Human Exposure to PFAS

Photo of some crinkle fries and a sad, smashed burger sandwich thing.
Fast-food wrappers that are designed to repel grease often contain PFAS

People can be exposed to PFAS from a variety of different sources. Most people are exposed to PFAS from drinking water and eating food that contains these chemicals.

Drinking water can be a source of exposure in communities where these chemicals have contaminated water supplies. Such contamination is typically localized and associated with a specific facility. EPA testing of a representative sample of public water systems in 2013-2015 showed that approximately six million residents relied on drinking water supplies that were above the EPA’s lifetime health advisory (LHA) level of 70 parts per trillion (ppt).

Recent testing points to food as another major source of PFAS exposure. The Food and Drug Administration (FDA) confirmed that a 2017 study it conducted found elevated levels of PFAS in fish, meats, and chocolate cake purchased at groceries in three mid-Atlantic cities. The FDA also found high levels of PFAS in leafy green vegetables grown at a farm within 10 miles of a PFAS plant and milk from a dairy farm near a New Mexico Air Force base. More research is needed to determine the human-health impacts of dietary exposure to PFAS and at what concentrations.

Research has suggested that exposure to perfluorooctanoic acid (PFOA) and Perfluorooctanesulfonic acid (PFOS) from consumer products is usually low especially when compared to exposures to food and contaminated drinking water. Consumer products that may contain PFAS include:

  • Some grease-resistant paper, fast food containers and wrappers, microwave popcorn bags, pizza boxes, and candy wrappers
  • Nonstick cookware
  • Stain-resistant coatings used on carpets, upholstery, and other fabrics
  • Water-resistant clothing
  • Ski wax
  • Cleaning products
  • Personal care products (shampoo, dental floss) and cosmetics (nail polish, eye makeup)
  • Paints, varnishes, and sealants

See below for a more detailed list of sources.

High-risk populations

Certain populations may be at a higher risk of exposure to PFAS:

  • Workers in facilities that make or use PFAS can be exposed to higher amounts of these chemicals and have higher levels in their blood.
  • Residents of some communities near factories that made or used PFOA and PFOS or in areas that used certain types of firefighting foam that spread into the environment may have been exposed to high levels of these substances in their drinking water.
  • Children can be exposed to PFAS in carpet because they are closer to the ground and play on the floor.
  • Breastfeeding infants may be exposed to PFAS since these chemicals have been found in breast milk. The benefits of breastfeeding are well known and usually outweigh the potential risks of trace contamination. Consult a physician for further information or concerns.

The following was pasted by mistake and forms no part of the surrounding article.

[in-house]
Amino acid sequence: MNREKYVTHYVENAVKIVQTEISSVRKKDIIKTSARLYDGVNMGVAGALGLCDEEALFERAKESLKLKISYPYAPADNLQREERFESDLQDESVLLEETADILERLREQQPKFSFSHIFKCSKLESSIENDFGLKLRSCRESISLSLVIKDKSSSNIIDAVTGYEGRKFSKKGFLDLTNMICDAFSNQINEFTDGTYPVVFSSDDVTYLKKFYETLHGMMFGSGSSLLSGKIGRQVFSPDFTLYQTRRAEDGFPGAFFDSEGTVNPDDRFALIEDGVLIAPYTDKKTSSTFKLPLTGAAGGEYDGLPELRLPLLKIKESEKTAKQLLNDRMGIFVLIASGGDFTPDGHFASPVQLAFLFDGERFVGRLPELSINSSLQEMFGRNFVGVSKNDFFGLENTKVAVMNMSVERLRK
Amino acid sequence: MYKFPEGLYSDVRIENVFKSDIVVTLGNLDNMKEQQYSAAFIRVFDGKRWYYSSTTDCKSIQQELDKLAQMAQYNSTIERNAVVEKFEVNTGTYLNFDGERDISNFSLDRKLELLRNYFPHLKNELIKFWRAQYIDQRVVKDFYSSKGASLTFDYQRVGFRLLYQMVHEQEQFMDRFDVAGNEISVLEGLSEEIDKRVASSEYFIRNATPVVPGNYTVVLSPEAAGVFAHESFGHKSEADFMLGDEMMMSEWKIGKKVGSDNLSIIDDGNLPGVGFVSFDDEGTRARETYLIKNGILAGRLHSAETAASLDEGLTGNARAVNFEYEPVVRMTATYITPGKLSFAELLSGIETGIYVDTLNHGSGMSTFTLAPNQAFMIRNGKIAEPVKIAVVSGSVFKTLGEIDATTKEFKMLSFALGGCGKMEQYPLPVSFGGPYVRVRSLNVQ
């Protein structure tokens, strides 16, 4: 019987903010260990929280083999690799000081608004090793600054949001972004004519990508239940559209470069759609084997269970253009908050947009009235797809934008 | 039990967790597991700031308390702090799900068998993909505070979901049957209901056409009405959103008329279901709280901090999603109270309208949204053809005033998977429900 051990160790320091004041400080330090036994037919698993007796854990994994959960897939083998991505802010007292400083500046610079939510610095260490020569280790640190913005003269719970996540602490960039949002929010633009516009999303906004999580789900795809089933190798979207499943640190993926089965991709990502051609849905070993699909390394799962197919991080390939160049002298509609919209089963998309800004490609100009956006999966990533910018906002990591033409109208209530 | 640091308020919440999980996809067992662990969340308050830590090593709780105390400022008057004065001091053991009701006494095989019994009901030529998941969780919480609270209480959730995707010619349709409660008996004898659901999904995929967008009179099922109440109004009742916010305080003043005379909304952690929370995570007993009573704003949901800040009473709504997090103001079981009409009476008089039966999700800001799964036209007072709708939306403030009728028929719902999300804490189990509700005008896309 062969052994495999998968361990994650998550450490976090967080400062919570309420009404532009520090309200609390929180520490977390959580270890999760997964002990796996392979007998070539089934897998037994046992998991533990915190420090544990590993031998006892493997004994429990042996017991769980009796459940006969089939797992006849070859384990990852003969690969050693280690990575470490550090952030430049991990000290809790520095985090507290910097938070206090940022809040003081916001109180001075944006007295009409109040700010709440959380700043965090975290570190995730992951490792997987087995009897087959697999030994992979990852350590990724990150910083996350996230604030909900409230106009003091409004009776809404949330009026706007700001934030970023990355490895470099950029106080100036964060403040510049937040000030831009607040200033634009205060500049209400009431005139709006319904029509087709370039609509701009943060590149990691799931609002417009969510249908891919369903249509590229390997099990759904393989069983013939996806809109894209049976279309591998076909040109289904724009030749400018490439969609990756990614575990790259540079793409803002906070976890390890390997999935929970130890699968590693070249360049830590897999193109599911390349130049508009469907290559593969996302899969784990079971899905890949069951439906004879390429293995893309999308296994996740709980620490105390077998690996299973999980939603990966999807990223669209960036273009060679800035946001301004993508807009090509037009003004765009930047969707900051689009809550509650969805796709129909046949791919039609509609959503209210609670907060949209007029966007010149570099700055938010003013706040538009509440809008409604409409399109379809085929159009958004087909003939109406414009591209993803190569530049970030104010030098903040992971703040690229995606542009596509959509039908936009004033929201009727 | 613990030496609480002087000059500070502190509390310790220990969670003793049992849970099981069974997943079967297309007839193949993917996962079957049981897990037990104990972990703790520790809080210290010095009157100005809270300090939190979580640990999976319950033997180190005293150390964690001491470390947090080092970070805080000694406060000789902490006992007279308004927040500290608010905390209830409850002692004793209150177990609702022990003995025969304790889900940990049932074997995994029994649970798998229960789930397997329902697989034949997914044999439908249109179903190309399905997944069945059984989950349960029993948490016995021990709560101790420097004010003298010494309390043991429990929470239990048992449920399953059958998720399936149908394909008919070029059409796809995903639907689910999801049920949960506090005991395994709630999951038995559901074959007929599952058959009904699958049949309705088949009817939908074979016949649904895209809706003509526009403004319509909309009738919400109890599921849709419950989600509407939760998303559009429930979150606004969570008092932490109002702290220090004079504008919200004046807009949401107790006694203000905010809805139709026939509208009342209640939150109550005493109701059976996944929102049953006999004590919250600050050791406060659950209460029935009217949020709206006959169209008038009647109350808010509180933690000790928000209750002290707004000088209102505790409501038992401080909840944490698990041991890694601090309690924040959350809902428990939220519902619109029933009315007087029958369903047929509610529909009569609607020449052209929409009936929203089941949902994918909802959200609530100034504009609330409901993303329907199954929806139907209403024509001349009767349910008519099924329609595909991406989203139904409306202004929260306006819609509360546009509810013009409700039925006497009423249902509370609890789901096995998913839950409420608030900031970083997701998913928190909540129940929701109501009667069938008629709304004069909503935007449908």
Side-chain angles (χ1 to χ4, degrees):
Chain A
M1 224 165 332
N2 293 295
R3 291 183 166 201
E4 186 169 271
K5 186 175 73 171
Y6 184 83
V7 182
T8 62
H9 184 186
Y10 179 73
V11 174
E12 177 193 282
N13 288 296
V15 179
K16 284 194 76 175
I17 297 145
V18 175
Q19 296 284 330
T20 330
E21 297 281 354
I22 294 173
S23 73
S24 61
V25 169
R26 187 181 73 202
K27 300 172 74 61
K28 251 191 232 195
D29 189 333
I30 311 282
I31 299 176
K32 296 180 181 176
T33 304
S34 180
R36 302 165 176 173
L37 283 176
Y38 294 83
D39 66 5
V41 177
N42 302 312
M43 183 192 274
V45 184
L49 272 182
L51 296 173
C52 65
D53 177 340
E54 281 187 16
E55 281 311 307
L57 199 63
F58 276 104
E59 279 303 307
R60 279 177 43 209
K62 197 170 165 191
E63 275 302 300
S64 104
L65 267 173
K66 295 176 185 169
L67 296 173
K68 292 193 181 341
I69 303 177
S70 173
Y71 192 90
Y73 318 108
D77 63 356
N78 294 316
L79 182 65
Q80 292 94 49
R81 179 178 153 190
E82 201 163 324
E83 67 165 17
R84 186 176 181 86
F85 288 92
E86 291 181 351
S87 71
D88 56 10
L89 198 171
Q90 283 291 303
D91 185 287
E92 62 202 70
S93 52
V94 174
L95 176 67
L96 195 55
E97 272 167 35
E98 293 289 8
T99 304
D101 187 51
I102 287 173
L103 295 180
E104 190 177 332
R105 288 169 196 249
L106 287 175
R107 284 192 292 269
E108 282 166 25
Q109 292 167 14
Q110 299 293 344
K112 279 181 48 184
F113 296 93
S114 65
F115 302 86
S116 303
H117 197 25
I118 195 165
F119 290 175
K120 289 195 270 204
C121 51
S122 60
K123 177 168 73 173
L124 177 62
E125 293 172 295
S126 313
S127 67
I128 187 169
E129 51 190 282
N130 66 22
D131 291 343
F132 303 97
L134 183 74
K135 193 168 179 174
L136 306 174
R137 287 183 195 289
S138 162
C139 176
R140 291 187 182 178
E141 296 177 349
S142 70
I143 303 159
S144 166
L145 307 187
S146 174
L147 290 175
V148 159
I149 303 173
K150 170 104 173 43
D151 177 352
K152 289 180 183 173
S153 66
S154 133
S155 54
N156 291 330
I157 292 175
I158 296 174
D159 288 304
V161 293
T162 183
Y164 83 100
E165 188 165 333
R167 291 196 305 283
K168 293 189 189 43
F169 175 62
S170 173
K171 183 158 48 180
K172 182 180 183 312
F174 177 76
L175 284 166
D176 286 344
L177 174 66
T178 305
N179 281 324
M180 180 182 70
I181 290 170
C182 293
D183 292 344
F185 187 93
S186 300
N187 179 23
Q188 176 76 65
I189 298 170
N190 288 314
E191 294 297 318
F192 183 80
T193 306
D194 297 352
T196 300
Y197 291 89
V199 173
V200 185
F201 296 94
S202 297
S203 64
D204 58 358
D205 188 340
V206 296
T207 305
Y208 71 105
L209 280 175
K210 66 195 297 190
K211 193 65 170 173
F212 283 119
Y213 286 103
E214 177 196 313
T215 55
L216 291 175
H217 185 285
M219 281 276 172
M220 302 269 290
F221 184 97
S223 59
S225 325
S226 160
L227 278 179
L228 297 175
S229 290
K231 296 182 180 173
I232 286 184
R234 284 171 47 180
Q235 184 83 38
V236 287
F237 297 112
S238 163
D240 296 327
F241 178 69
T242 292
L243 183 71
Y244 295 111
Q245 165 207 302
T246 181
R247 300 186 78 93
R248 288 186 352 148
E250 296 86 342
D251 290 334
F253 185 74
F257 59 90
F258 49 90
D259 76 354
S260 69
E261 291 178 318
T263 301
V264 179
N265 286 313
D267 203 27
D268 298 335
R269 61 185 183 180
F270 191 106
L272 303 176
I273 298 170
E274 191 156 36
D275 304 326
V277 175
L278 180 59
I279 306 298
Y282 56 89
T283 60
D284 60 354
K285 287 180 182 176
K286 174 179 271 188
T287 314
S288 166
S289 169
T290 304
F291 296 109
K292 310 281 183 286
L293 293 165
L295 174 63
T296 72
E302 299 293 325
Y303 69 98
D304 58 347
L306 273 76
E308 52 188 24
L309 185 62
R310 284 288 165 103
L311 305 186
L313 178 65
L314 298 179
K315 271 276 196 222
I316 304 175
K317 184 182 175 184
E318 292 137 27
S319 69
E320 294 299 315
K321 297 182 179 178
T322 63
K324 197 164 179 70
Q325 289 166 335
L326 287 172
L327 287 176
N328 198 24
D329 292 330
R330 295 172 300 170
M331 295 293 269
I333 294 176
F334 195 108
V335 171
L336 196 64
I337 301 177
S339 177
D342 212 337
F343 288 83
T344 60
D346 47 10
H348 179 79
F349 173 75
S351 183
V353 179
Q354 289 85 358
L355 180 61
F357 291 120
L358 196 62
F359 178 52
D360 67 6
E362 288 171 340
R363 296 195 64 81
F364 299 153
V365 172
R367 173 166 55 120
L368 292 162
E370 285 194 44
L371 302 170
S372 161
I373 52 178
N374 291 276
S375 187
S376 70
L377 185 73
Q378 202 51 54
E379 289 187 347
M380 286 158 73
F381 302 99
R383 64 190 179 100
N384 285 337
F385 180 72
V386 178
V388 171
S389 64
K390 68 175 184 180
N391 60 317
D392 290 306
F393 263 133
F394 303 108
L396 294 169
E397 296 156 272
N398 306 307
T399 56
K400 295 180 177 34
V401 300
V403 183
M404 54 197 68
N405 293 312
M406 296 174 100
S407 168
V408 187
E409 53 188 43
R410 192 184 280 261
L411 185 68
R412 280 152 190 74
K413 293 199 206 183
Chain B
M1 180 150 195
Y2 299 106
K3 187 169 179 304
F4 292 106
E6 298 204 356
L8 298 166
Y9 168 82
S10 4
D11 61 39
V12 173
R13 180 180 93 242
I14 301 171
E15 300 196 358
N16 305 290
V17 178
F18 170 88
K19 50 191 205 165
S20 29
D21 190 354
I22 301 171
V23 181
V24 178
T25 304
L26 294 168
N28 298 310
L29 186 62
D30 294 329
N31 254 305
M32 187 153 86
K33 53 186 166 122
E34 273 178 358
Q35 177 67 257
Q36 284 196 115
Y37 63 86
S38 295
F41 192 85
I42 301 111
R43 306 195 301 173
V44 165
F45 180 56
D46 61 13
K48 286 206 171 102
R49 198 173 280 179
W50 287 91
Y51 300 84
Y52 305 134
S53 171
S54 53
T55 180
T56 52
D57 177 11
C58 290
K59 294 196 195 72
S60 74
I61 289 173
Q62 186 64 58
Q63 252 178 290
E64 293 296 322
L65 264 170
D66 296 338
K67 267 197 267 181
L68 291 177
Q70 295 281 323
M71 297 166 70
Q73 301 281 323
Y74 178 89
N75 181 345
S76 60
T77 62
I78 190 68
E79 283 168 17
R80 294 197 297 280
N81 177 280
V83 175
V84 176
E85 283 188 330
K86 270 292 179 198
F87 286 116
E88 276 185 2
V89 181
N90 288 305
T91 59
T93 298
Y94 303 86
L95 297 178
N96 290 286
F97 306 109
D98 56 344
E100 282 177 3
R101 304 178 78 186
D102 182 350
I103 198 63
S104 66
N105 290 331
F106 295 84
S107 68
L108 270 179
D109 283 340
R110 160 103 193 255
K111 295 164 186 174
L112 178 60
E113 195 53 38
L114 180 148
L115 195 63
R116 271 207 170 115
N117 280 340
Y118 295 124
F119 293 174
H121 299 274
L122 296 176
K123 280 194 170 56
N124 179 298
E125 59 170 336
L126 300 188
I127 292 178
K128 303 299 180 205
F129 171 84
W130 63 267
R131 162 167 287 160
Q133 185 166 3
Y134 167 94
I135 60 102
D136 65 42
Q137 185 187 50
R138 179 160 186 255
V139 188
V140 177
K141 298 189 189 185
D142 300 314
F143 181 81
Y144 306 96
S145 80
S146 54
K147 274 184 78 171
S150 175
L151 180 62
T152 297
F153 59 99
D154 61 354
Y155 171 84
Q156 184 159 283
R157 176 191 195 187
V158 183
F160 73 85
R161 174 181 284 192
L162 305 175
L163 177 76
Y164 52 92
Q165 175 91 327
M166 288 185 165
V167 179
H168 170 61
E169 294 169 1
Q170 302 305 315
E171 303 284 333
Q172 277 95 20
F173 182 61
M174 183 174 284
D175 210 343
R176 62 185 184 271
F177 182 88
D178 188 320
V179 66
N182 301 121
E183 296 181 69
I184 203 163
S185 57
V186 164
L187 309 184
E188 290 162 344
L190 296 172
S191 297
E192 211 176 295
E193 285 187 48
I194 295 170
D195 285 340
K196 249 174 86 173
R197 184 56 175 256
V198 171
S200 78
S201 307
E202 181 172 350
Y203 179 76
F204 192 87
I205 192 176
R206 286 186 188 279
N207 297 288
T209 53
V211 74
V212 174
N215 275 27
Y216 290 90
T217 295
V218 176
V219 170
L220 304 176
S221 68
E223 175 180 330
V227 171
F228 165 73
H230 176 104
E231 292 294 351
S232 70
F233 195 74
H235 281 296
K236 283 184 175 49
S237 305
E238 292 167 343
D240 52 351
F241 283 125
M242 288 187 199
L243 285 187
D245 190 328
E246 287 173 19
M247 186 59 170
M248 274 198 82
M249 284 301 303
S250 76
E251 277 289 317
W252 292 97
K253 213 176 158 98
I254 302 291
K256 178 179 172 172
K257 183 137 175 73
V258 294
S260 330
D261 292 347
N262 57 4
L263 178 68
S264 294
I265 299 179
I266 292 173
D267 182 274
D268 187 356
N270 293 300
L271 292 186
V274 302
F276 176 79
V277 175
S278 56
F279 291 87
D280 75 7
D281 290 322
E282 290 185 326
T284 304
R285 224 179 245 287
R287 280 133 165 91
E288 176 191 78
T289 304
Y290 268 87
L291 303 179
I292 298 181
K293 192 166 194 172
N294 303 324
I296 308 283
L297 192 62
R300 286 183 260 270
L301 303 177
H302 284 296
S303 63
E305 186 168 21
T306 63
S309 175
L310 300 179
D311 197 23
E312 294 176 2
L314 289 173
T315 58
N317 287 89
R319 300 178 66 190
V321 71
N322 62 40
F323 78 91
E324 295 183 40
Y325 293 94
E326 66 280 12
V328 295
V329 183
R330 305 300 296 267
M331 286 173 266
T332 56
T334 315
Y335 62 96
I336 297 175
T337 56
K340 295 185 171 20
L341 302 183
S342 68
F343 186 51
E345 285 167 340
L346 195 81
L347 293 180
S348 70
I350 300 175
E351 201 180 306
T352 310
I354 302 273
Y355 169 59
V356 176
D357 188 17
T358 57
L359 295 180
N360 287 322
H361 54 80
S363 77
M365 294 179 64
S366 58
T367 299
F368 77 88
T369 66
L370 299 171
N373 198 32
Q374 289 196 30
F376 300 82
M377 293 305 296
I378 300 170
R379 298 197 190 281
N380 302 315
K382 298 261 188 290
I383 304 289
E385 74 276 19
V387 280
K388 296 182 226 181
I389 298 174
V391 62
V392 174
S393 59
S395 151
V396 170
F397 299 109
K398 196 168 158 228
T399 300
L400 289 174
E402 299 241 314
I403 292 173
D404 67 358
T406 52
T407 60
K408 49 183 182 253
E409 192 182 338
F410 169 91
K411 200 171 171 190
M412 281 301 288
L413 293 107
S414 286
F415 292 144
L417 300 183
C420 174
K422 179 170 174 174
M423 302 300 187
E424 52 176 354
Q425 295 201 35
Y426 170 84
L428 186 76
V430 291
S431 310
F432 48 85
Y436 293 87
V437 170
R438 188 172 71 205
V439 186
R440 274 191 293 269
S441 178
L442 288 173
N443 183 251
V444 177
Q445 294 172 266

Ways to reduce PFAS exposure

Because PFAS are present at low levels in certain foods and the air, water, and soil, it’s unlikely that people can completely eliminate their exposure. Individuals can limit their exposure by reducing use of PFAS-containing consumer products.

  • Even though recent efforts to remove PFAS have reduced the likelihood of exposure, some products may still contain these substances. Avoid greasy or oily packaged fast foods, stain-resistance treatments, and nonstick cookware, and find out if personal-care products, cleaners, packaged foods, ski wax, or treated outdoor gear contain PFAS. Contact the Consumer Product Safety Commission at (800) 638-2772 with questions about products that may contain PFAS.

Expanded List of PFAS Exposure Routes

According to the Environmental Protection Agency, potential pathways of significant PFAS exposure include:

  • Drinking water from public water and private water systems, typically localized and associated with a release from a specific facility (e.g., manufacturer, processor, landfill, wastewater treatment, or facilities using PFAS-containing firefighting foams)
  • Consumption of plants and meat from animals, including fish that have accumulated PFAS
  • Consumption of food that came into contact with PFAS-containing products (e.g., some microwaveable popcorn bags and grease-resistant papers)
  • Use of, living with, or otherwise being exposed to commercial household products and indoor dust containing PFAS, including stain- and water-repellent textiles (including carpet, clothing and footwear), nonstick products (e.g., cookware), polishes, waxes, paints, and cleaning products
  • Employment in a workplace that produces or uses PFAS, including chemical production facilities or utilizing industries (e.g., chromium electroplating, electronics manufacturing, or oil recovery)
  • In utero fetal exposure and early childhood exposure via breastmilk from mothers exposed to PFAS

Last Updated:


Back to top